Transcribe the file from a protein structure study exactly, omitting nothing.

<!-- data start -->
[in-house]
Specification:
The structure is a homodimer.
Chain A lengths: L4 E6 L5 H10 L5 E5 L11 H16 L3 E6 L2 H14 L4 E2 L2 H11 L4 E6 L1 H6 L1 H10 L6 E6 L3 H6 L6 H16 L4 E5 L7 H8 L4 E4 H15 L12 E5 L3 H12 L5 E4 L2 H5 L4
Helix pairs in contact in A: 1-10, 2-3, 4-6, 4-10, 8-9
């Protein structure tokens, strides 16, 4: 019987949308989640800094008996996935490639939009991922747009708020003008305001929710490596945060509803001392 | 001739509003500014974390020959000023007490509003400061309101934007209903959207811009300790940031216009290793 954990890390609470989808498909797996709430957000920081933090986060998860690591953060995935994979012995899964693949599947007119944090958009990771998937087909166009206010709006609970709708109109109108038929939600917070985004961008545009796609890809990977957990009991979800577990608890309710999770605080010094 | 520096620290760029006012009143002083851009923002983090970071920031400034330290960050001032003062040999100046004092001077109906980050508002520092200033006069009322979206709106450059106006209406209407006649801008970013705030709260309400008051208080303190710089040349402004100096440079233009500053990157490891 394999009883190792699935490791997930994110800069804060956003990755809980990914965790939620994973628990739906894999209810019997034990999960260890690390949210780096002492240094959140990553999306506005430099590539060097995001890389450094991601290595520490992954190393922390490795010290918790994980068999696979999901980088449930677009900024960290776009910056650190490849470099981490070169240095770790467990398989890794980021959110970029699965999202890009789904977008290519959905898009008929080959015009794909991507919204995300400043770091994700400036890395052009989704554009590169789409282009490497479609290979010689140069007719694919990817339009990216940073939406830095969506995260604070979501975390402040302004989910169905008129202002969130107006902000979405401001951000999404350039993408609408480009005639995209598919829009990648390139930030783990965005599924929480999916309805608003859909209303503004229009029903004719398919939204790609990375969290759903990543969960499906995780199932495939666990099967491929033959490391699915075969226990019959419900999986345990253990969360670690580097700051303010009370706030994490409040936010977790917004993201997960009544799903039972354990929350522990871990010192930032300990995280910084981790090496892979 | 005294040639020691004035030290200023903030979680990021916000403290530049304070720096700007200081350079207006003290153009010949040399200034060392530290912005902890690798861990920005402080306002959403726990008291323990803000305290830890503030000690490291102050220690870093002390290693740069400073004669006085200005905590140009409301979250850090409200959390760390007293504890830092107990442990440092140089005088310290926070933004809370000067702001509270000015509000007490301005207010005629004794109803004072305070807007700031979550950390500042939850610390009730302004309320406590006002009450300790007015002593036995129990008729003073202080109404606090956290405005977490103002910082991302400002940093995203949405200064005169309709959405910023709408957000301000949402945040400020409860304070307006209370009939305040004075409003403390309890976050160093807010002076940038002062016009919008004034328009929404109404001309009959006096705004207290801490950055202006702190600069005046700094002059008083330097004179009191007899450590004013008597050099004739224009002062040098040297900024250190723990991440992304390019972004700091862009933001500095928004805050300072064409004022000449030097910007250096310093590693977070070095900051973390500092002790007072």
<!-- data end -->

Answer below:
[in-house]
Specification:
The structure is a homodimer.
Chain A lengths: L4 E6 L5 H10 L5 E5 L11 H16 L3 E6 L2 H14 L4 E2 L2 H11 L4 E6 L1 H6 L1 H10 L6 E6 L3 H6 L6 H16 L4 E5 L7 H8 L4 E4 H15 L12 E5 L3 H12 L5 E4 L2 H5 L4
Helix pairs in contact in A: 1-10, 2-3, 4-6, 4-10, 8-9
């Protein structure tokens, strides 16, 4: 019987949308989640800094008996996935490639939009991922747009708020003008305001929710490596945060509803001392 | 001739509003500014974390020959000023007490509003400061309101934007209903959207811009300790940031216009290793 954990890390609470989808498909797996709430957000920081933090986060998860690591953060995935994979012995899964693949599947007119944090958009990771998937087909166009206010709006609970709708109109109108038929939600917070985004961008545009796609890809990977957990009991979800577990608890309710999770605080010094 | 520096620290760029006012009143002083851009923002983090970071920031400034330290960050001032003062040999100046004092001077109906980050508002520092200033006069009322979206709106450059106006209406209407006649801008970013705030709260309400008051208080303190710089040349402004100096440079233009500053990157490891 394999009883190792699935490791997930994110800069804060956003990755809980990914965790939620994973628990739906894999209810019997034990999960260890690390949210780096002492240094959140990553999306506005430099590539060097995001890389450094991601290595520490992954190393922390490795010290918790994980068999696979999901980088449930677009900024960290776009910056650190490849470099981490070169240095770790467990398989890794980021959110970029699965999202890009789904977008290519959905898009008929080959015009794909991507919204995300400043770091994700400036890395052009989704554009590169789409282009490497479609290979010689140069007719694919990817339009990216940073939406830095969506995260604070979501975390402040302004989910169905008129202002969130107006902000979405401001951000999404350039993408609408480009005639995209598919829009990648390139930030783990965005599924929480999916309805608003859909209303503004229009029903004719398919939204790609990375969290759903990543969960499906995780199932495939666990099967491929033959490391699915075969226990019959419900999986345990253990969360670690580097700051303010009370706030994490409040936010977790917004993201997960009544799903039972354990929350522990871990010192930032300990995280910084981790090496892979 | 005294040639020691004035030290200023903030979680990021916000403290530049304070720096700007200081350079207006003290153009010949040399200034060392530290912005902890690798861990920005402080306002959403726990008291323990803000305290830890503030000690490291102050220690870093002390290693740069400073004669006085200005905590140009409301979250850090409200959390760390007293504890830092107990442990440092140089005088310290926070933004809370000067702001509270000015509000007490301005207010005629004794109803004072305070807007700031979550950390500042939850610390009730302004309320406590006002009450300790007015002593036995129990008729003073202080109404606090956290405005977490103002910082991302400002940093995203949405200064005169309709959405910023709408957000301000949402945040400020409860304070307006209370009939305040004075409003403390309890976050160093807010002076940038002062016009919008004034328009929404109404001309009959006096705004207290801490950055202006702190600069005046700094002059008083330097004179009191007899450590004013008597050099004739224009002062040098040297900024250190723990991440992304390019972004700091862009933001500095928004805050300072064409004022000449030097910007250096310093590693977070070095900051973390500092002790007072």